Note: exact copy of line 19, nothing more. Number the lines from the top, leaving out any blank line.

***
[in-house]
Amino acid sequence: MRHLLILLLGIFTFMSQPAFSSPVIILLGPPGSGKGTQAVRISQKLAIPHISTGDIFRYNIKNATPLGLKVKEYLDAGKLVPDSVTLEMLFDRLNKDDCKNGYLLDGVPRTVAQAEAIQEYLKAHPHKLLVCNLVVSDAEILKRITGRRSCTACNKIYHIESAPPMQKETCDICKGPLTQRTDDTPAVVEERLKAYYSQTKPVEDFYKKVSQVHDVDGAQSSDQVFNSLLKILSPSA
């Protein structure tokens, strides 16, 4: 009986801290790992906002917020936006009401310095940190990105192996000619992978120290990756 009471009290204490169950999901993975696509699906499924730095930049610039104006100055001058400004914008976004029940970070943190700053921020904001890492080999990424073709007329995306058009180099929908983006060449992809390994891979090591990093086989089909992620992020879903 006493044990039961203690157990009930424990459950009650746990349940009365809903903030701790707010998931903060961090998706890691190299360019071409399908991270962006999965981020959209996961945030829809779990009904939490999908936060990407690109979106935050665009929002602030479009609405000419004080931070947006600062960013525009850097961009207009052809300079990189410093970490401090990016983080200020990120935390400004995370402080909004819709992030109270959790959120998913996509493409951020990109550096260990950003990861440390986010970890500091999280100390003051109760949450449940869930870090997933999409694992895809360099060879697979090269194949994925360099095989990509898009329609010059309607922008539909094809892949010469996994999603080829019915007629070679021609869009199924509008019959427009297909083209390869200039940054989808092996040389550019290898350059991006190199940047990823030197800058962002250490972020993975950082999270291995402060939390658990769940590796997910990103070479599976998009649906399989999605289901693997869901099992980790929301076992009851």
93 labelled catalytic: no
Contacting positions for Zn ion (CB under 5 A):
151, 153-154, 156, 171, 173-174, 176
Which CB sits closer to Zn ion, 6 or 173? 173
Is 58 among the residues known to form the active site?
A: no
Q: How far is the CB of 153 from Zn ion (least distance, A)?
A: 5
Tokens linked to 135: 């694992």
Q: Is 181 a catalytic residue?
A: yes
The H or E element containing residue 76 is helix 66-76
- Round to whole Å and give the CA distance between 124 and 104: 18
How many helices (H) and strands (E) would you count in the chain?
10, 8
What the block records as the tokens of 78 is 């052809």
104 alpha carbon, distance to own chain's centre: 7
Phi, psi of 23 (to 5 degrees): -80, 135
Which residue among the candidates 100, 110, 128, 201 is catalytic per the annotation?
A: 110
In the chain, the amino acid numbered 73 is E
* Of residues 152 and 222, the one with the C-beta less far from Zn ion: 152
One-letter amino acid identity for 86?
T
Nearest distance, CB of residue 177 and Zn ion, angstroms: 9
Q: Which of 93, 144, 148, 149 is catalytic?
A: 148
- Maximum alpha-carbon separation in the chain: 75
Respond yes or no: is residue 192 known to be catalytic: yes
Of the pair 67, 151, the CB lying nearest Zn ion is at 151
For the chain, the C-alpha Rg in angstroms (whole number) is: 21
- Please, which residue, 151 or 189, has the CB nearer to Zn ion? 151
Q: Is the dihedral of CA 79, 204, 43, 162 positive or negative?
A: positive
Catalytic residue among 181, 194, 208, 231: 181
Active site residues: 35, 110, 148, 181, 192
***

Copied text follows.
What the block records as the tokens of 78 is 């052809």